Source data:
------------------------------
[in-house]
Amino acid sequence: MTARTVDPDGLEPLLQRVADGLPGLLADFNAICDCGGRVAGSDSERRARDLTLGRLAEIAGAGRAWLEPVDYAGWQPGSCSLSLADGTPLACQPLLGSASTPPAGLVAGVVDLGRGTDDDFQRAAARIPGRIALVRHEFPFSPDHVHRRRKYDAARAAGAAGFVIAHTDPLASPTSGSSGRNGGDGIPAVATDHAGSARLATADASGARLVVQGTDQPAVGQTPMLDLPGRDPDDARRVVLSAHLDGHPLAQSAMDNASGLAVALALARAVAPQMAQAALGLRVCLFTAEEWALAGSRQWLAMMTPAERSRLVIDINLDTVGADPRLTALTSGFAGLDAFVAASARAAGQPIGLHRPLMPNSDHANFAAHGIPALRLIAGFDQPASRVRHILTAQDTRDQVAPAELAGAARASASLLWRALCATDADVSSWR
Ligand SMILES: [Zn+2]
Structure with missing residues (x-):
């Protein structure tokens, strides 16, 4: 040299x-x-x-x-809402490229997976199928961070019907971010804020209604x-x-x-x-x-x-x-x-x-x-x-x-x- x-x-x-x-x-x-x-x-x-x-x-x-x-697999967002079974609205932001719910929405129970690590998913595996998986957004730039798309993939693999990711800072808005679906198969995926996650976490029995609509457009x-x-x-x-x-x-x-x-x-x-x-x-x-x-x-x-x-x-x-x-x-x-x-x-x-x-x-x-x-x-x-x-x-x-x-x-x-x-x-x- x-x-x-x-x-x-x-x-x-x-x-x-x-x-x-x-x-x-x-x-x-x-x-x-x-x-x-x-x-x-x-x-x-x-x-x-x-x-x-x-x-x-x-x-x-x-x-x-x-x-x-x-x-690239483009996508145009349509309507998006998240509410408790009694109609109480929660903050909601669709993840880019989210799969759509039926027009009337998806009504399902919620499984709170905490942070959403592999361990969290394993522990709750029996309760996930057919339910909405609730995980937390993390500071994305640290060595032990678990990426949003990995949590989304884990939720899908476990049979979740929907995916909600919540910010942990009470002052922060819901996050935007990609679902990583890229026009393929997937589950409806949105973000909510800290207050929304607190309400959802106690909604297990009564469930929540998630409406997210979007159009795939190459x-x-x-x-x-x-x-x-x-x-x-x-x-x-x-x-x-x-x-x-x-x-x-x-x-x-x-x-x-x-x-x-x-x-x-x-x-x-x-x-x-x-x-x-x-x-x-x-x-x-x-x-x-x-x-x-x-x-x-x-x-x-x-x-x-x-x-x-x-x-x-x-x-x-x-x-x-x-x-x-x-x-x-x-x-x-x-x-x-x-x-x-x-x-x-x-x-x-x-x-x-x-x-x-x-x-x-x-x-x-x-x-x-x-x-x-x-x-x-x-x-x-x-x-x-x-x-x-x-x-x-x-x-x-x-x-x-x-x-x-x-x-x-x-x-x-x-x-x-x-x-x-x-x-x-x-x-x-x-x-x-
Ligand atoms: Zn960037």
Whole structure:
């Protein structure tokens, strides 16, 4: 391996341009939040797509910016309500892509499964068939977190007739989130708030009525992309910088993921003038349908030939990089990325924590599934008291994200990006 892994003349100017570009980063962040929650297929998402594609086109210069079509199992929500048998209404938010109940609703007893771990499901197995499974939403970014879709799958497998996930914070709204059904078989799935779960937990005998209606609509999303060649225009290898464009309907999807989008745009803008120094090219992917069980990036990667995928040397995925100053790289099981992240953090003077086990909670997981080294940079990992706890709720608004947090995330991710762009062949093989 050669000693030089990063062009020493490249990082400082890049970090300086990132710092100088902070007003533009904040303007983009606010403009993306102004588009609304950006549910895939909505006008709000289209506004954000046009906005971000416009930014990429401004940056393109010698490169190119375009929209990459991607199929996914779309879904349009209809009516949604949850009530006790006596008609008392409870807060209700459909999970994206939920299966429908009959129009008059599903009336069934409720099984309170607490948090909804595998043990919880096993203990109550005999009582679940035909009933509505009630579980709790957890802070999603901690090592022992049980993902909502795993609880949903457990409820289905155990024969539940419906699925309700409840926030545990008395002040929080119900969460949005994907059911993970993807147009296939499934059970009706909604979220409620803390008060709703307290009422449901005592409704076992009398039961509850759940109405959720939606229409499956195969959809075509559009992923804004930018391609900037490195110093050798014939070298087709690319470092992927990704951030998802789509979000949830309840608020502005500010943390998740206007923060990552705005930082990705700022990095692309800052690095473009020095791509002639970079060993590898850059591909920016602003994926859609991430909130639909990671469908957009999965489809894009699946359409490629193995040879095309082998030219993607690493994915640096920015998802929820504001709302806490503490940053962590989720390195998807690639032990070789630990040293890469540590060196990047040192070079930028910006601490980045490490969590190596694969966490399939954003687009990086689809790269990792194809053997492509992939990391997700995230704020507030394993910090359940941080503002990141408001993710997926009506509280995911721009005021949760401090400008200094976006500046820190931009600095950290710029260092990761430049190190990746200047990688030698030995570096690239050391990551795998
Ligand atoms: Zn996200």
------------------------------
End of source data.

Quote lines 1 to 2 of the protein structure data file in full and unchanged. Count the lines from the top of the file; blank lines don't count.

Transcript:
[in-house]
Amino acid sequence: MTARTVDPDGLEPLLQRVADGLPGLLADFNAICDCGGRVAGSDSERRARDLTLGRLAEIAGAGRAWLEPVDYAGWQPGSCSLSLADGTPLACQPLLGSASTPPAGLVAGVVDLGRGTDDDFQRAAARIPGRIALVRHEFPFSPDHVHRRRKYDAARAAGAAGFVIAHTDPLASPTSGSSGRNGGDGIPAVATDHAGSARLATADASGARLVVQGTDQPAVGQTPMLDLPGRDPDDARRVVLSAHLDGHPLAQSAMDNASGLAVALALARAVAPQMAQAALGLRVCLFTAEEWALAGSRQWLAMMTPAERSRLVIDINLDTVGADPRLTALTSGFAGLDAFVAASARAAGQPIGLHRPLMPNSDHANFAAHGIPALRLIAGFDQPASRVRHILTAQDTRDQVAPAELAGAARASASLLWRALCATDADVSSWR